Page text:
The mother apologizes for it taking so long—her dying. For 2 weeks in other countries and states, her children leave lives and families, eight pets, three businesses, gymnastic meets, parties, grant deadlines, meetings. They convince her there is no where else for them to be, nothing else to do but be there.


The last time the mother wakes she looks 20 years younger than when she went to sleep. Buddhists say death is an unwinding, so the children figure they are watching her unwind, get more relaxed. She is luminous and full of strange power and a far-away gaze that startles—at once withdrawn and arresting—the room feels pregnant with the stillness before a hurricane.


Roses stand in a plastic pitcher next to small yogurt spoons they use to feed her ice. An L-shaped tray on wheels hovers over her lap. They take turns holding hands, new intimacy, at first awkward, or backward—who is holding whom?—then a matter of fact. Hands seek hands, after a drink, a stick, or pulse check. Skin soft like Chinese silk.


A catheter bag dangles from the side rail, turns colors like a mood ring. One woman who changes mother’s bag is listening carefully to the stories she won’t tell her kids. She has a sudden, great strength and holds the nurse’s arm, talks in a girlish high pitch about a guy at a diner by the beach one night named Reggie. He’s big and handsome and black and she wanted to go home with him.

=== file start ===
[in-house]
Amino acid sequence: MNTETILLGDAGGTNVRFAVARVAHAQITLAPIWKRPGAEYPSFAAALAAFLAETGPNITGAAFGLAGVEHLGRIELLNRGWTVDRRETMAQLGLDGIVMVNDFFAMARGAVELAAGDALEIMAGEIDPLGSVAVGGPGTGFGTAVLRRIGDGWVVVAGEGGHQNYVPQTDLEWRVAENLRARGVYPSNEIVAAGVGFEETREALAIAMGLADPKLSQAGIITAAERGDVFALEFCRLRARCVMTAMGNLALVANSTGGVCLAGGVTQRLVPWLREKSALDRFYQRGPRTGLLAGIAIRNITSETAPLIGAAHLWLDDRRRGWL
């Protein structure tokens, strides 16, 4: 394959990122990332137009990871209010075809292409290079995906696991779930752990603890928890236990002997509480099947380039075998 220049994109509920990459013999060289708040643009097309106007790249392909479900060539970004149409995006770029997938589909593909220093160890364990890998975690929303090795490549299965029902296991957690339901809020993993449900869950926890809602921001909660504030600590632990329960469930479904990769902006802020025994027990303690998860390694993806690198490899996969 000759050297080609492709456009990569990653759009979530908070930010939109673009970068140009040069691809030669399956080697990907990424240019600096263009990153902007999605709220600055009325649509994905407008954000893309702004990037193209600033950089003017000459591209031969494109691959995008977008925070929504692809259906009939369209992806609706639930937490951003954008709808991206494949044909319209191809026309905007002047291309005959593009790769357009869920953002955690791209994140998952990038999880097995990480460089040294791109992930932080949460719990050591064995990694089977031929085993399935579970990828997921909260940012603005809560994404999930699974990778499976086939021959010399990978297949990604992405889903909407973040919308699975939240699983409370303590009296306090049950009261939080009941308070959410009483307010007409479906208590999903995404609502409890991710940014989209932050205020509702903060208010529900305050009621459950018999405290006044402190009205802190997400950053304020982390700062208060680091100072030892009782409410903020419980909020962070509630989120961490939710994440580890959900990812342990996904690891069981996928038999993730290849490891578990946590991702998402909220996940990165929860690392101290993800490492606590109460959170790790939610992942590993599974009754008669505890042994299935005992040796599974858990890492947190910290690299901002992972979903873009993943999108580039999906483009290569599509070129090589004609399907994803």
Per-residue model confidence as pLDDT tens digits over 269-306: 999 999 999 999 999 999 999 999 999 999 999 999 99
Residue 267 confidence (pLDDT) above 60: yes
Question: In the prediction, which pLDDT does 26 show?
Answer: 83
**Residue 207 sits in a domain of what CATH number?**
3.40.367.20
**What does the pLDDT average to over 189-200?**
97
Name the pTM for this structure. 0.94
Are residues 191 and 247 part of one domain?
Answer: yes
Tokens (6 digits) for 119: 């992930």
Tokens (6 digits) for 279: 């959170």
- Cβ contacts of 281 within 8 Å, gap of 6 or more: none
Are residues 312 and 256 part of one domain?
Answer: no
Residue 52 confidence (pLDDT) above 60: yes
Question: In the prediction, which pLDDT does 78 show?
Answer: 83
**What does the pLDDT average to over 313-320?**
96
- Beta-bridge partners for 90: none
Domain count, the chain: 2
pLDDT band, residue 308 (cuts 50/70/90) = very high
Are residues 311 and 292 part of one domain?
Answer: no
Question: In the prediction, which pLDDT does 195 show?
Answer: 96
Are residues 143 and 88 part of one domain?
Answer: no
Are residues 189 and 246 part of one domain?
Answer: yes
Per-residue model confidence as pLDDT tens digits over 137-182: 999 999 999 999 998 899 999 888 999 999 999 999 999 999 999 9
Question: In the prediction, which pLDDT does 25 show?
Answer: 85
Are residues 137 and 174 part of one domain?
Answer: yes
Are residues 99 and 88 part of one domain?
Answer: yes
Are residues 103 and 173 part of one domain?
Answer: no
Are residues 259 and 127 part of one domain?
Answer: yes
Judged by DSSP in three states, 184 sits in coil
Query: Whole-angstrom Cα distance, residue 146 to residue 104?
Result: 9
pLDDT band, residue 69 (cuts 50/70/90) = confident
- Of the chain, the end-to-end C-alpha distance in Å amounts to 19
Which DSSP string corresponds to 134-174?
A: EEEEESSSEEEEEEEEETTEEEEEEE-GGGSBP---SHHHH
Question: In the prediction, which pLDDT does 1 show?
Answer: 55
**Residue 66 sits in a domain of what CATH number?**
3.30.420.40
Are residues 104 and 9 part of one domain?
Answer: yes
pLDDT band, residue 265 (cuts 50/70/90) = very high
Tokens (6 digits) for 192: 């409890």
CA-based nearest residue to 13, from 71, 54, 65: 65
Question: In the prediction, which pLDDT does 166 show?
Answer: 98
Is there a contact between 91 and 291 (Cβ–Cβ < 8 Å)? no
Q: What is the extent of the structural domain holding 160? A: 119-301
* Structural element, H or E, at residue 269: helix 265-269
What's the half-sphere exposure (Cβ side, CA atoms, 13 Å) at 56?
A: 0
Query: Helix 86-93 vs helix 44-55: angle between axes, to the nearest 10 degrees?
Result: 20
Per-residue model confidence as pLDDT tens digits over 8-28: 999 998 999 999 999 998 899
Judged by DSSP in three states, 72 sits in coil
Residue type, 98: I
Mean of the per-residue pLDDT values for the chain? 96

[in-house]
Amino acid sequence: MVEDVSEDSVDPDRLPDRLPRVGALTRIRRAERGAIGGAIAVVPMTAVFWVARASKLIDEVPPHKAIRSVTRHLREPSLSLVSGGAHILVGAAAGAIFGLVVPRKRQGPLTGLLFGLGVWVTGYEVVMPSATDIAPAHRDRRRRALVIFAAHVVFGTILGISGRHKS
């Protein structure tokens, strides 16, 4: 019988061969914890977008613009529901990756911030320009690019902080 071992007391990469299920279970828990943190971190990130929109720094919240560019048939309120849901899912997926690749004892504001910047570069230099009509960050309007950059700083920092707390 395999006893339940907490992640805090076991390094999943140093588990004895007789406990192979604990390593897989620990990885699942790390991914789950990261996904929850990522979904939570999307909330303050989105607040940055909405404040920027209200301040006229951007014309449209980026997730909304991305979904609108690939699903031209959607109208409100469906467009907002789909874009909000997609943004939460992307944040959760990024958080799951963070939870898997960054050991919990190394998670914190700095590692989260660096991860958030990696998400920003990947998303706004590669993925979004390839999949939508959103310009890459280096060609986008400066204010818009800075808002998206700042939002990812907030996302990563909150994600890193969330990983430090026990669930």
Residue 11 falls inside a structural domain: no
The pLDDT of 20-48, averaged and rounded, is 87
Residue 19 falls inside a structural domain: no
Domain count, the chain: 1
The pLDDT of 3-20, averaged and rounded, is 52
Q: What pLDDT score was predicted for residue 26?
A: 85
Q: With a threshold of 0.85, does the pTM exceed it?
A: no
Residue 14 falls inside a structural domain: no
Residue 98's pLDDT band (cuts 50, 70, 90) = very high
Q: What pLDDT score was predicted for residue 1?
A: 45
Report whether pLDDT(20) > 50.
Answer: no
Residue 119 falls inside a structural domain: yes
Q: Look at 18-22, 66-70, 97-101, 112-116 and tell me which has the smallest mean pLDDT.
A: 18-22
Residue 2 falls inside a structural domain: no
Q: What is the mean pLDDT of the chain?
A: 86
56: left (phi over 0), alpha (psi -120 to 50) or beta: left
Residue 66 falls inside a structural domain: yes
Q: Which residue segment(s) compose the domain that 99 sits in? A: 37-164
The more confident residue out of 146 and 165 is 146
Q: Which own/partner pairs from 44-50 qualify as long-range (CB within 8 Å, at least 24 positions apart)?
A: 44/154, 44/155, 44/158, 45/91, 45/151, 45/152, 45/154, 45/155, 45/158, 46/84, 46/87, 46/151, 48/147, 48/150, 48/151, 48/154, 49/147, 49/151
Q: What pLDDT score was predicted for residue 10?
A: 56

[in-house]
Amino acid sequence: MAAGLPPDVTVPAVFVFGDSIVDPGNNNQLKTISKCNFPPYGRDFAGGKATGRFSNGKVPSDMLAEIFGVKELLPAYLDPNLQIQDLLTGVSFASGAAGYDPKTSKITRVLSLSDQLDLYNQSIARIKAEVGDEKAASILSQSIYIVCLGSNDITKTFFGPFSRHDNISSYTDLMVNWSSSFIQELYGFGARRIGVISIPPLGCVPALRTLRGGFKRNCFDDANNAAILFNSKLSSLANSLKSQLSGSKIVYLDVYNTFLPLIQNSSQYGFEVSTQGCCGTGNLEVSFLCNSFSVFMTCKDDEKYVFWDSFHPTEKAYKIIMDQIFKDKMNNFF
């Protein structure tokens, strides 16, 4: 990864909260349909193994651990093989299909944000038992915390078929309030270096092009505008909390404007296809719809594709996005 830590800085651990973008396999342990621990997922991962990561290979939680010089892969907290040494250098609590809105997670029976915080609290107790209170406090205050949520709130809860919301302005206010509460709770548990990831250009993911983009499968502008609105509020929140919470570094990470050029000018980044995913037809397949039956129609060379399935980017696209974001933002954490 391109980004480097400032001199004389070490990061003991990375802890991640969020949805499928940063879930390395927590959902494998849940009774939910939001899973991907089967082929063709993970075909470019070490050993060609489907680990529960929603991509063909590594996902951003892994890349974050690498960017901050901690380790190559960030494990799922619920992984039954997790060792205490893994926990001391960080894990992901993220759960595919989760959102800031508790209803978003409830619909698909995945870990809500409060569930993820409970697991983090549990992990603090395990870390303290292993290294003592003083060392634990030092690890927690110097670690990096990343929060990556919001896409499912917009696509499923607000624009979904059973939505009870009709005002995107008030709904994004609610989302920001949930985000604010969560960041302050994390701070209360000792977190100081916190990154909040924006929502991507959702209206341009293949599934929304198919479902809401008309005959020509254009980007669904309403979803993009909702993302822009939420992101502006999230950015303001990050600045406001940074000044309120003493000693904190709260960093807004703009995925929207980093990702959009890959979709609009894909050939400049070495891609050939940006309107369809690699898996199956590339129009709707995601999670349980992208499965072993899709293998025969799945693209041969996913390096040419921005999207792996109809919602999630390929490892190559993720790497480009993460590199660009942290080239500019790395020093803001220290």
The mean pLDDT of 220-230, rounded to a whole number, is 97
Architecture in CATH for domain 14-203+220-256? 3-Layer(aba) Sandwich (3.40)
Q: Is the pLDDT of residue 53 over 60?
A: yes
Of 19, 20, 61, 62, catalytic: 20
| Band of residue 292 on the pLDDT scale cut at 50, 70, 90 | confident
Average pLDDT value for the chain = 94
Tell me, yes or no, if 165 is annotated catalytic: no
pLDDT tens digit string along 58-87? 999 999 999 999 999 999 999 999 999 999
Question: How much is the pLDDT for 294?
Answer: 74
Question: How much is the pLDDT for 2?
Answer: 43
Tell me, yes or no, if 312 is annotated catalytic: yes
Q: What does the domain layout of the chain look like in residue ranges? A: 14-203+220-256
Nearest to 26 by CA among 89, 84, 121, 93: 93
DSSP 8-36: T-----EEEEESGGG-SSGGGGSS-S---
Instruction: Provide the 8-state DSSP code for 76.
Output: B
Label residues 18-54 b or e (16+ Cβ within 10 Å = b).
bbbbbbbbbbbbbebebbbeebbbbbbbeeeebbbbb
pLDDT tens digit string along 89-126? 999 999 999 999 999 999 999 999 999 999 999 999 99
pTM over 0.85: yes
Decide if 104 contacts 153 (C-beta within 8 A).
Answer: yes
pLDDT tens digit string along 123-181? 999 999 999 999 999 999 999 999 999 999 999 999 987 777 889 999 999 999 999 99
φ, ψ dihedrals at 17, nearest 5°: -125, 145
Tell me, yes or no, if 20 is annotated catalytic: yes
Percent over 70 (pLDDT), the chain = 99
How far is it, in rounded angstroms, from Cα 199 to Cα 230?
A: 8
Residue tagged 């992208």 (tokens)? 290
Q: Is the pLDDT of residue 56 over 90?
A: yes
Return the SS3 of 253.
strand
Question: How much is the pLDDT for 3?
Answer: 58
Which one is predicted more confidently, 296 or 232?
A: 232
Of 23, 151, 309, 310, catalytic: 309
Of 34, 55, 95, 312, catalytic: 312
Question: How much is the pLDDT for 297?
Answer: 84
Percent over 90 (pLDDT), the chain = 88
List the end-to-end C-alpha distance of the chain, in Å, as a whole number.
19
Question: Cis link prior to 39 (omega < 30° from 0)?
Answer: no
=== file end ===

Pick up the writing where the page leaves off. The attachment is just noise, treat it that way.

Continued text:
Then turning to look at her daughter instead of the wall, the mother says she has stars in her eyes, and struggles to push up off the mattress, off the tubes, leaning into take-off. Ready to rocket away. Ecstatic.















Mystic darlings speak

beyond orthodox breath experience





they are washing the world




edaphic sky eddies




glide and are gone







“don’t be afraid


they are like doves”


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out toward snow-